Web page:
Loss of the Purvas[edit]

The Indologist Hermann Jacobi is of the opinion that there is an element of truth in the existence of Purvas or ancient knowledge; however, he held a view that Drstivada contained an abstract of the Purvas, rather than the entire text of the Purvas itself. According to him, it is no coincidence that the knowledge of Purvas started fading away simultaneously with the redaction of the new canon. He is of the opinion that the Drstivada containing a disputation of the views of heretical traditions may no longer have served a purpose, once the rival traditions became extinct.[4]

On the other hand, Acarya Hemacandra's Parishishtaparva, also known as Sthaviravali (stories on the lives of elders or Jain patriarchs), contains detailed information as to how the knowledge of the Purvas was lost. Bhadrabahu Svami was the last person to have the knowledge of the entire 14 Purvas. He refused to teach the last four Purvas to his chief disciple Sthulibhadra, who had used his knowledge of the Purvas to display magical powers. Bhadrabahu, foreseeing the loss of the Purvas and a decline of morality and conduct, ultimately agreed to teach Sthulabhadra the rest of the Purvas, on the condition that he should not hand down the last four Purvas to anybody else. Hence, Sthulabhadra, in turn, taught his disciples Mahagiri and Suhastin only ten Purvas, for he was forbidden to teach the last four Purvas to anybody. Gradually, with the growth of schisms and the inability of monks to commit the scriptures to memory, the knowledge of the Purvas and of the Dristivada became extinct.[5]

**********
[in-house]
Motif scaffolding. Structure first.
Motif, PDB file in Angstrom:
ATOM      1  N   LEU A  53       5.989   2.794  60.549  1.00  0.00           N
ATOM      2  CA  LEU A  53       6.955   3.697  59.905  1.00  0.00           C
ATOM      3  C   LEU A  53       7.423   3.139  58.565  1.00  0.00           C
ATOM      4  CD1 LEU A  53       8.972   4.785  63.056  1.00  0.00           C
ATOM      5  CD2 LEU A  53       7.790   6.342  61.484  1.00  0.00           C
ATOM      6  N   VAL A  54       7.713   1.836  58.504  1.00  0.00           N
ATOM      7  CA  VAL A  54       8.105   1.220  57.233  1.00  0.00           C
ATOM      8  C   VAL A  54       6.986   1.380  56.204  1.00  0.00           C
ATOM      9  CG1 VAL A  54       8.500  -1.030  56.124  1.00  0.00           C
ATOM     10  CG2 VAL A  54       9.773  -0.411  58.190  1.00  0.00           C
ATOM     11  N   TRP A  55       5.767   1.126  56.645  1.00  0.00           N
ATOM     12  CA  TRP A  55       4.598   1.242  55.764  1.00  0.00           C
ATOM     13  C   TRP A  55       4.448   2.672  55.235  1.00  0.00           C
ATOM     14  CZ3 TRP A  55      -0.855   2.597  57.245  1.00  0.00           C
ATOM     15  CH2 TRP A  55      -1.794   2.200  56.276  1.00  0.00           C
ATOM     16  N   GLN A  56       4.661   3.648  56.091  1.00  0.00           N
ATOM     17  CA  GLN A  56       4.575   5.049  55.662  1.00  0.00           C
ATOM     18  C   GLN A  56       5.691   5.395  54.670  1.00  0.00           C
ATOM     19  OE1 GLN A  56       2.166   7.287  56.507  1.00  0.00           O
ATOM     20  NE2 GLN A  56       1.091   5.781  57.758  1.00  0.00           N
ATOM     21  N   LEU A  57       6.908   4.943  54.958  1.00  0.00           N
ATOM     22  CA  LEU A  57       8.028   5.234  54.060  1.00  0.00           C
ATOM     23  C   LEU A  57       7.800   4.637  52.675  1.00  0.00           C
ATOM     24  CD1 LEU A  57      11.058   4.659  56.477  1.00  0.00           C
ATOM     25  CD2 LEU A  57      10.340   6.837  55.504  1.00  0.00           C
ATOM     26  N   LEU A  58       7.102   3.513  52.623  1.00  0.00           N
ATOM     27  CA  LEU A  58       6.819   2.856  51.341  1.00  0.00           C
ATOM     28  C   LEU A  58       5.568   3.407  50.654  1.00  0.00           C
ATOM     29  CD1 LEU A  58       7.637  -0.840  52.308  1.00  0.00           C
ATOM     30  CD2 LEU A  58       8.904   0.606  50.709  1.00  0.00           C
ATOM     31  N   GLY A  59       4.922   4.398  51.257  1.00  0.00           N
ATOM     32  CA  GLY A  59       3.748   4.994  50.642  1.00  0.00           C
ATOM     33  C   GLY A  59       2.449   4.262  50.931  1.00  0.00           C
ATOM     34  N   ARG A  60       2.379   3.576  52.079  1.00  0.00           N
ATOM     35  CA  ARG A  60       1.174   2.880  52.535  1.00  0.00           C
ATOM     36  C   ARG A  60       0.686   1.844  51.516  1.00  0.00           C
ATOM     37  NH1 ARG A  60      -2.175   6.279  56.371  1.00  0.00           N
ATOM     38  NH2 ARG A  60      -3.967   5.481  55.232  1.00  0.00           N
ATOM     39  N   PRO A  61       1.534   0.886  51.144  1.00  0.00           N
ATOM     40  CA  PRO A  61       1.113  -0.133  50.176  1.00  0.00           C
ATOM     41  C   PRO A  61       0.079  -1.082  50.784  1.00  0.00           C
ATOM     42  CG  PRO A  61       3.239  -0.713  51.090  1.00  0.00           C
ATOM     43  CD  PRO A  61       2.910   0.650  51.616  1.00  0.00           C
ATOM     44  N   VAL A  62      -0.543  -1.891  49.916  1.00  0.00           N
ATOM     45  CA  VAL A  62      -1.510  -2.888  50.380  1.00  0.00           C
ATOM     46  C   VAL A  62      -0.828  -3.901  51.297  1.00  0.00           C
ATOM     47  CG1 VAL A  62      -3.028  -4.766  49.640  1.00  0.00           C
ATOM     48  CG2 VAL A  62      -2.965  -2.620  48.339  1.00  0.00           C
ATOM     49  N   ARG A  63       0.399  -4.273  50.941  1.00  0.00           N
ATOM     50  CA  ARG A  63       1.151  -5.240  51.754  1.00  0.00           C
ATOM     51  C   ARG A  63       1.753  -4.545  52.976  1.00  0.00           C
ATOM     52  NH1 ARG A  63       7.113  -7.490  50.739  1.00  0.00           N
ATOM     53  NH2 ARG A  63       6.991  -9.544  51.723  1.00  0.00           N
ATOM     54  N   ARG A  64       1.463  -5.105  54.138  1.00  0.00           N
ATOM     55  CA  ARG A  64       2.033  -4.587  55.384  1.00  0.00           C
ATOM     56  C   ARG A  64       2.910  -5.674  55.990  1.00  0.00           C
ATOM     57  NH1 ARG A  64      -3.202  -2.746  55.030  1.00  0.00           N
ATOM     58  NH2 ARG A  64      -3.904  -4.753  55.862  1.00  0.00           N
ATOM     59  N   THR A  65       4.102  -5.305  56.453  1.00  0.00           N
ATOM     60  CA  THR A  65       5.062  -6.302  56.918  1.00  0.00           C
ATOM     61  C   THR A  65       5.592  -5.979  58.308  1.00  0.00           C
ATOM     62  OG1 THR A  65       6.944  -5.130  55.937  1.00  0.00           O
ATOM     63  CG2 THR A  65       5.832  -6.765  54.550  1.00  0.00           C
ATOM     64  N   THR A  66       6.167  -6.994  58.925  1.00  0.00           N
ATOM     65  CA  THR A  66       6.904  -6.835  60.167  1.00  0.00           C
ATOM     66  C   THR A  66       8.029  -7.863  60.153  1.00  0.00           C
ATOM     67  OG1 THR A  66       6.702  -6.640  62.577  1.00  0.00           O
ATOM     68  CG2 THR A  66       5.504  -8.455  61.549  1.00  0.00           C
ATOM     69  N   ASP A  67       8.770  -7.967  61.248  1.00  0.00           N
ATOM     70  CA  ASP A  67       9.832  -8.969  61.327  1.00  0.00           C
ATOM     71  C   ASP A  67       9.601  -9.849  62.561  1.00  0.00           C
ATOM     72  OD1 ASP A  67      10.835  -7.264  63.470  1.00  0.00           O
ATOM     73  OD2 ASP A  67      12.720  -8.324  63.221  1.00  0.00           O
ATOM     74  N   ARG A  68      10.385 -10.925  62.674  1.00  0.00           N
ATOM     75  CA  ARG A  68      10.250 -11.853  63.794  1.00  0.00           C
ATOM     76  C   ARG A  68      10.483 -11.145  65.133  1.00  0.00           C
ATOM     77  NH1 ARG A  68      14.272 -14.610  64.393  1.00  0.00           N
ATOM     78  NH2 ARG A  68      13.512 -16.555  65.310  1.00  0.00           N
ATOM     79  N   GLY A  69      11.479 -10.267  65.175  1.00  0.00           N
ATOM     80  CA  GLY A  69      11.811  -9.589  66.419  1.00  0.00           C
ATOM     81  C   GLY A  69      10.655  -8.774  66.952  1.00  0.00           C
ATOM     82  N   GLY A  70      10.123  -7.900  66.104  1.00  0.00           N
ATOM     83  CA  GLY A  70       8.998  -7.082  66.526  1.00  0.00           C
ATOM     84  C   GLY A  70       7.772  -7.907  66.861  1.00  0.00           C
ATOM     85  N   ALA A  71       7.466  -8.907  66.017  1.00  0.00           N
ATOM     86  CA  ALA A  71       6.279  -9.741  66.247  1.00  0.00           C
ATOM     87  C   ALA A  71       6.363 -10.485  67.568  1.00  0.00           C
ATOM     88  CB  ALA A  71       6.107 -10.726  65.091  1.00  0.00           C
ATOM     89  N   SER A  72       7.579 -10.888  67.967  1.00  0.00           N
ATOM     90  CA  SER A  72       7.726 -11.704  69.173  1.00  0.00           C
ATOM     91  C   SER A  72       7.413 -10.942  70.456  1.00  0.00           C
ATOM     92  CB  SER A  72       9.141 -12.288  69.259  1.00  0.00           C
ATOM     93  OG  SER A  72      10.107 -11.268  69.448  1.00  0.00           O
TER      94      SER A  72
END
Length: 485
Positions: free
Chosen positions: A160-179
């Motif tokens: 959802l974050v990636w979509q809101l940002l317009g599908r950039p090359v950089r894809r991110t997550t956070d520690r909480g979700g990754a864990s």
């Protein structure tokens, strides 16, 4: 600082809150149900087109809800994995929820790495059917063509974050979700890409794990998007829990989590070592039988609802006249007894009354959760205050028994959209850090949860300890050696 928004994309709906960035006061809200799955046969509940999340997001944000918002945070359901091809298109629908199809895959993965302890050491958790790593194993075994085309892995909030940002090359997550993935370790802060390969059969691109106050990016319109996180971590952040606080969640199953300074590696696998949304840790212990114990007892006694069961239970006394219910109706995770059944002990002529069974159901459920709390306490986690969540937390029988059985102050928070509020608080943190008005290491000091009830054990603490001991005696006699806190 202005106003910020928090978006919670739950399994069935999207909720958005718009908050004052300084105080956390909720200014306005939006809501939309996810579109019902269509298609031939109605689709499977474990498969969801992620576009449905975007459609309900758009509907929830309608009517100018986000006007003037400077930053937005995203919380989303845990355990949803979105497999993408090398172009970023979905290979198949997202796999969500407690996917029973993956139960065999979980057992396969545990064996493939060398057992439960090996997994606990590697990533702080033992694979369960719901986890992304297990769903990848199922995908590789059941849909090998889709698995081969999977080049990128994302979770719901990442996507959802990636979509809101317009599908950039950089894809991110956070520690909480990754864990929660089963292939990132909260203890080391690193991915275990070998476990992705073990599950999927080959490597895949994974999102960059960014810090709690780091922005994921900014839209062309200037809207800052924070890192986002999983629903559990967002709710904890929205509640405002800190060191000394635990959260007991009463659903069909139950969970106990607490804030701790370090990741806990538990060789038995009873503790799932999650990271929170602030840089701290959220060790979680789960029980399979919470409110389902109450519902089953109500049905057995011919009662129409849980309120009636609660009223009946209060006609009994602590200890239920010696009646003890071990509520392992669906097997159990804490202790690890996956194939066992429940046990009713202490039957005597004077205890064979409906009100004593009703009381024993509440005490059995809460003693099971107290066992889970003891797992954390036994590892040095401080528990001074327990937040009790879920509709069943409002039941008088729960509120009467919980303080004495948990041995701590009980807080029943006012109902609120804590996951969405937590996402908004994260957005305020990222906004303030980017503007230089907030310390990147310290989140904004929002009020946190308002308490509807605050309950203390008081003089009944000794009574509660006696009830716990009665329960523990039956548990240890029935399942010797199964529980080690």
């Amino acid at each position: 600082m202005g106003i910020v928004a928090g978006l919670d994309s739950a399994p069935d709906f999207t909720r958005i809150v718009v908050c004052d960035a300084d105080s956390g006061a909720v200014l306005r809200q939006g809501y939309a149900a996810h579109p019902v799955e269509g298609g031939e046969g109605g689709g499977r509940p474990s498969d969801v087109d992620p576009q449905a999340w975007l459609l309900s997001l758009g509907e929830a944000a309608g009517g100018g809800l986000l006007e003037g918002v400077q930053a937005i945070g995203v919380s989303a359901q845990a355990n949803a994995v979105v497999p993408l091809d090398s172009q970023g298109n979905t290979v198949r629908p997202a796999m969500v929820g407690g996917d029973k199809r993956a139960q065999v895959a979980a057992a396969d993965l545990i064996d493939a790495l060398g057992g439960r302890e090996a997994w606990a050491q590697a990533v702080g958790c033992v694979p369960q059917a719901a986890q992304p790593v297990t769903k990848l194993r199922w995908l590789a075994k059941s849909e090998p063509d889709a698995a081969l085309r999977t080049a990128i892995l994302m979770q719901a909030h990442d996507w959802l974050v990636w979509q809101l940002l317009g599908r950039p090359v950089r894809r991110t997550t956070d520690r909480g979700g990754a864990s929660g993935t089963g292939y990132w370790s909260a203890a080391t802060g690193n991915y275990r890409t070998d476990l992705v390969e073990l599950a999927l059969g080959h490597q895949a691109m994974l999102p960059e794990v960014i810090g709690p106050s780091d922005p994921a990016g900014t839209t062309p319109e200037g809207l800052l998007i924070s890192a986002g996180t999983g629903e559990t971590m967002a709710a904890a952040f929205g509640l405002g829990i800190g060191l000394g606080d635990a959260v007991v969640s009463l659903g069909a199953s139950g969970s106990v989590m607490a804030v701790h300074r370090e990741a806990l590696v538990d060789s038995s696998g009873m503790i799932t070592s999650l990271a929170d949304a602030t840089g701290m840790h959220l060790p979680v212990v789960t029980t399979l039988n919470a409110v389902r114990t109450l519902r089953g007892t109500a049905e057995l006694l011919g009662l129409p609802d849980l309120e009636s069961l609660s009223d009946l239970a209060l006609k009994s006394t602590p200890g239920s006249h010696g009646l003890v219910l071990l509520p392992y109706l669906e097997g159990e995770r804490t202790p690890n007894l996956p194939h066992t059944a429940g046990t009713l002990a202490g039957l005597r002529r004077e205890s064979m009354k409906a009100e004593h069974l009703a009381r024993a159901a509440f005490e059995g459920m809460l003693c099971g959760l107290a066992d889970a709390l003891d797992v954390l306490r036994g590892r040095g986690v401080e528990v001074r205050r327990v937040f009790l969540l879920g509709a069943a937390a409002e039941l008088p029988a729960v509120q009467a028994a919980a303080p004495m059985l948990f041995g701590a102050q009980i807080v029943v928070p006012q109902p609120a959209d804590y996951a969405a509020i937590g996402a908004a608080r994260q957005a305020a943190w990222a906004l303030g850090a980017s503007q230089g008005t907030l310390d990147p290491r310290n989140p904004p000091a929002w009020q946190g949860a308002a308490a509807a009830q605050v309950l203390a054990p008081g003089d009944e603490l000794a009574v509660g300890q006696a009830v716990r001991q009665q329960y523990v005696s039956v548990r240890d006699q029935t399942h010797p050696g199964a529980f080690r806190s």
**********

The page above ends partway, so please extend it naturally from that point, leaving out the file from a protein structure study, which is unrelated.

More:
1. ^ a b Jaini, Padmanabh (1998). The Jaina Path of Purification. New Delhi: Motilal Banarsidass. ISBN 81-208-1578-5.
  2. ^ Dundas, Paul; John Hinnels ed. (2002). The Jains. London: Routledge. ISBN 0-415-26606-8. p. 68.
  3. ^ Hemacandra. H. Jacobi, ed. (1891). Parishishtaparvam, 2nd ed. Calcutta. Verse IX, pp. 55–76.
  4. ^ Jacobi, Hermann (1884). Ācāranga Sūtra, Jain Sutras Part I, Sacred Books of the East, Vol. 22. 
  5. ^ Roy, Ashim Kumar (1984). A History of the Jains New Delhi. Gitanjali Publishing House.